apps

Today we review something you probably already use: Gmail, but in a specific context. Let me explain.

I have active Gmail, Yahoo and Outlook accounts as well as three IMAP accounts from my start-ups. If you’re an entrepreneur, you probably have a similar set-up. I used Outlook to manage all these inboxes.

The problem was that spam became uncontrollable, specifically for my three IMAP accounts and for Yahoo. I tried putting spam assassins on the server level; local filters on the local level; all for naught. I continued to get abused by Viagra pills, Nigerian despots, lonely women and all the other clever variations spammers use. It was overwhelming.

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Windows Phone users often look to iOS and Android owners with envy when this or that app isn’t yet available for Microsoft’s platform. How often does the reverse happen, when iOS and Android users wish there’s something on Windows Phone that’s not available on their own?

Office Lens is a new app from Microsoft that I wish was on Android and iOS. Or the Windows app store  where I can use it for my Surface Pro 3.

Office Lens is a cool app where you snap a photo of something, and the app then automatically converts it into an editable Office document. How amazing is that right?

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I’ve only recently discovered this, but it’s already one of my most favorite things on the phone: it’s the Freakonomics Radio podcast and it’s awesome.

The podcast is by the same group behind the Freakonomics book, and the show is in the same vein. It tries to answer questions like “Why do restaurants give free bread?” and “Are people who tithe to church happier?” with data, research, economic theory and guests who specialize in the subject.

The show is produced — it’s not a bunch of guys riffing off their thoughts — and it’s not only educational, it’s downright entertaining. I can’t recommend it enough.

I’ve tried podcasts before and never found them compelling enough to make part of my routine. Freakonomics is the first.

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The creator behind the enormous hit Flappy Bird recently released its spiritual successor, Swing Copters. So how’s it doing? Apparently, very well on iOS, currently ranking #2 overall on the US app store. Surprisingly, it’s not faring as well on Android, at #299 overall and actually a decline from a peak of #176 on the US Google play store.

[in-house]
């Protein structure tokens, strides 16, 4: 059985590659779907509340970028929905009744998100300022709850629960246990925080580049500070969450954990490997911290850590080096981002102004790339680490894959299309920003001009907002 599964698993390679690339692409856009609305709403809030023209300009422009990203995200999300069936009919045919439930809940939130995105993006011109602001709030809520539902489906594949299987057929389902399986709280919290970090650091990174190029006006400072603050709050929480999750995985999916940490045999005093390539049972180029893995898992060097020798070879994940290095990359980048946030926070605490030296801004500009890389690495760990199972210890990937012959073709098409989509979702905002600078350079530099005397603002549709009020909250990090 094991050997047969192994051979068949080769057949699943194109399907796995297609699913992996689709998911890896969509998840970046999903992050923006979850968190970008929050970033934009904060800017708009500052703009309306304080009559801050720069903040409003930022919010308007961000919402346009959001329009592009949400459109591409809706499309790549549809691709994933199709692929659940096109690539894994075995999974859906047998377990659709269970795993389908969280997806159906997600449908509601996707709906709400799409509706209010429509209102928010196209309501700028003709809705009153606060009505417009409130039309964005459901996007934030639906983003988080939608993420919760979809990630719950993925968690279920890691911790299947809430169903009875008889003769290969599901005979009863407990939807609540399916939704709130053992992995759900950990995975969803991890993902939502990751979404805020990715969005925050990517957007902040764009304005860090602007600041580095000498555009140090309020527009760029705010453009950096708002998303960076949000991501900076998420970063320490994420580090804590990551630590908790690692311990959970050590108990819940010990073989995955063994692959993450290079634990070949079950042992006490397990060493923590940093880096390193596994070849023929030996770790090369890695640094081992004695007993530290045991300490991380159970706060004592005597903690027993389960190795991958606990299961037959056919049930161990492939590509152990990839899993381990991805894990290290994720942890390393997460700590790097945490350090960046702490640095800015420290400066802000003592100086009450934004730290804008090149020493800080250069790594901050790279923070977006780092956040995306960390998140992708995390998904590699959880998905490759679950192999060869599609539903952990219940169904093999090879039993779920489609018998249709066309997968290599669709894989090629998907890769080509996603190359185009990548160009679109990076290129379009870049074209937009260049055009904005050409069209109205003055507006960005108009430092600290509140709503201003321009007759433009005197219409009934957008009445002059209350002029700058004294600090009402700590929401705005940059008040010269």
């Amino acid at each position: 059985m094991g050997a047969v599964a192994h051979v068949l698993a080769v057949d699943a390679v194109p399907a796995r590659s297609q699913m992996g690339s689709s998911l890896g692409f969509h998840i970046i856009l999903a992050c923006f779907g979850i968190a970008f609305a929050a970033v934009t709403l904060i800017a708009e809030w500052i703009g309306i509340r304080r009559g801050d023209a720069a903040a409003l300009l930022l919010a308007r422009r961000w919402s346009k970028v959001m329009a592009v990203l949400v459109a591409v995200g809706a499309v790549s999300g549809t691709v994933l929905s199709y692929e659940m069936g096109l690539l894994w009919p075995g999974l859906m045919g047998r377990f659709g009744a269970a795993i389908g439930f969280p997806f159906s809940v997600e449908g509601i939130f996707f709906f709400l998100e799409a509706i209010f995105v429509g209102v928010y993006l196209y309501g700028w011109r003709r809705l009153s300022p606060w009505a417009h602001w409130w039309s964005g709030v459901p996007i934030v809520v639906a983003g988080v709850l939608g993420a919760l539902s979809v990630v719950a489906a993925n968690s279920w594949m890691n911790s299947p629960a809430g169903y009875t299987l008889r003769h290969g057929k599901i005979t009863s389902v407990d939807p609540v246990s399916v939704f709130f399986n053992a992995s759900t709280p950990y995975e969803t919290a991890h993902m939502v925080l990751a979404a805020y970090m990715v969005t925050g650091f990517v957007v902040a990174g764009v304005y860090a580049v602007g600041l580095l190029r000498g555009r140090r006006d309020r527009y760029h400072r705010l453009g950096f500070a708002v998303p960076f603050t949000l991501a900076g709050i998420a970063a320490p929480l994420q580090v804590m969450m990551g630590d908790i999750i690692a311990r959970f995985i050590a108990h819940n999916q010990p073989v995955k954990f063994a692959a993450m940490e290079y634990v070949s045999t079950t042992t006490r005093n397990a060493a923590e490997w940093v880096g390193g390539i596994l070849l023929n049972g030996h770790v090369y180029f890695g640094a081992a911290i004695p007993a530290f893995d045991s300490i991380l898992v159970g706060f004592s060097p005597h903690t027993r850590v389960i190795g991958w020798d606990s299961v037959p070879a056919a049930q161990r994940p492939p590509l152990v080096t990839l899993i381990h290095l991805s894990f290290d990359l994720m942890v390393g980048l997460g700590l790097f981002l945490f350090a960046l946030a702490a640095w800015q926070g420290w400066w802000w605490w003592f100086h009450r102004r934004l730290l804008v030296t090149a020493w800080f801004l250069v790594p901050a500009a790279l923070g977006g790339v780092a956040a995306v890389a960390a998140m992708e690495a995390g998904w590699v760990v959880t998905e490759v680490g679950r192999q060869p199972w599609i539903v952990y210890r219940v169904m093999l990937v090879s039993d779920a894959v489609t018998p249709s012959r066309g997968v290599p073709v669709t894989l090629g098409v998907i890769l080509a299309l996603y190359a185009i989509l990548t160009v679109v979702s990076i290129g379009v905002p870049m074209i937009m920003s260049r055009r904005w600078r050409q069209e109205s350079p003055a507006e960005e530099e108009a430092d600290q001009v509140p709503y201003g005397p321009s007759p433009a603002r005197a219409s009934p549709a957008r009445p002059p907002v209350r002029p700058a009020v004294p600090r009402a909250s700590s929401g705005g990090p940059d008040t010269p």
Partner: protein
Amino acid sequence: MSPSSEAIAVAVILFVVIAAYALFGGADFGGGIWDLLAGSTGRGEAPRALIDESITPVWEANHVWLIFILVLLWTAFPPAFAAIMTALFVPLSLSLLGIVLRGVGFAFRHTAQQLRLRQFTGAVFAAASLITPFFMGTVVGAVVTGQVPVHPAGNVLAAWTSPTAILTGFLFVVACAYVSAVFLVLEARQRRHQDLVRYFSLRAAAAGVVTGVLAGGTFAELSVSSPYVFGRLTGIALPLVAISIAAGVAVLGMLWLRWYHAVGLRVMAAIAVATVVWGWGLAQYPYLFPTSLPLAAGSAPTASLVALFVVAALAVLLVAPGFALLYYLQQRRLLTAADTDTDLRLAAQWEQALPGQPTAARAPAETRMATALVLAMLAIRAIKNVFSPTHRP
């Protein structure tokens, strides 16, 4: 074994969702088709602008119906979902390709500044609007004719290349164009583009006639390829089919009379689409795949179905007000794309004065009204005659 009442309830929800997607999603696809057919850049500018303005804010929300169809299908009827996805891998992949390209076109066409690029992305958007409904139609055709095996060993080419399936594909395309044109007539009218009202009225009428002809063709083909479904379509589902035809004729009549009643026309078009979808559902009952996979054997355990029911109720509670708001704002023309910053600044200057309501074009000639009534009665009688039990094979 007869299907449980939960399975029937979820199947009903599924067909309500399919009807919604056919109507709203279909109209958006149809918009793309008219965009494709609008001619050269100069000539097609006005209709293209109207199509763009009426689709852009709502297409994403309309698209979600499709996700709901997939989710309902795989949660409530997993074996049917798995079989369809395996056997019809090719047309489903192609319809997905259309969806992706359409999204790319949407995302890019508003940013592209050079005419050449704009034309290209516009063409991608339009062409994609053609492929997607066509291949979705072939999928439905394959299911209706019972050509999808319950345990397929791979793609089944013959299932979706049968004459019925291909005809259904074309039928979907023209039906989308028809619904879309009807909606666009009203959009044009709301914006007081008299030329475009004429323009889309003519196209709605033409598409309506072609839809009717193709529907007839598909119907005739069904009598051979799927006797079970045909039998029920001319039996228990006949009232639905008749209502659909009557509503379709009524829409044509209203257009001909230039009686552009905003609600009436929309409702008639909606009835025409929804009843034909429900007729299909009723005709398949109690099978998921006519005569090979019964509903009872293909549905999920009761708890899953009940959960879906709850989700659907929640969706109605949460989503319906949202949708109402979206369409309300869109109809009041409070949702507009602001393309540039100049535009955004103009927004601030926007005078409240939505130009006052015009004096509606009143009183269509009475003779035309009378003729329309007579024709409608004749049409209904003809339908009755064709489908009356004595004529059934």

Is this another sign iPhone users are more clued in? Or are there simply better alternatives on the Google play store? Given the enormous attention Flappy Bird and the mainstream press coverage Swing Copters both received, I would guess the former.

So is the game any good? Swing Copters retains a lot of Flappy Bird’s charm, the only question is whether you still find a game like Flappy Bird charming.

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A couple days ago, we referenced a comScore study on mobile apps. Since then, more articles about its findings are surfacing. Quartz has an overview of the top 25 most used apps by US consumers. Highlights:

  • Facebook is unsurprisingly the #1 most used app
  • Pandora is surprisingly #5…no Spotify
  • Google is the top mobile app publisher
  • Facebook Messenger is the top messaging app, ahead of Snapchat, Skype and Kik…no Whatsapp, no Google Hangouts
  • No games made the overall top 25

The study also breaks down popularity by age segment, which The Atlantic graciously provided. Highlights:

  • Facebook, Youtube and Pandora are universally popular
  • The younger, the more popular is Instagram
  • Older folk use Facebook Messenger more than Snapchat or Kik
  • Email didn’t make the top 10 for 18-24 year olds

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Facebook is in the press lately because the company is forcing users to communicate with friends through a separate Messenger app instead of the main Facebook app. The former is #1 on the app store but people are rebelling by slamming it with 1-star reviews. Privacy is also a common rallying cry, the accusation being that the app is too aggressive with permissions.

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Nobody likes to be forced to do anything, so it’s not surprising to see people react negatively. Many are still wary about online privacy, even as it is an increasingly illusory concept.

We think those knee jerk reactions are overblown. Facebook Messenger is a decent product and it’s no more aggressive in its privacy policies as other messaging apps.

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I purchased the Chromecast eons ago, partly out of curiosity and partly because the price was low enough to be an impulse buy.  I haven’t used it much as my PC is directly connected to my big screen TV so the Chromecast’s raison d’etre doesn’t apply in my case.

Recently, I discovered a killer app for the Chromecast – all you hardcore people probably know about this already; I was late to the party because of the iPhone 5S – and it changes everything for the dongle.

It’s called Popcorn Time for Android.

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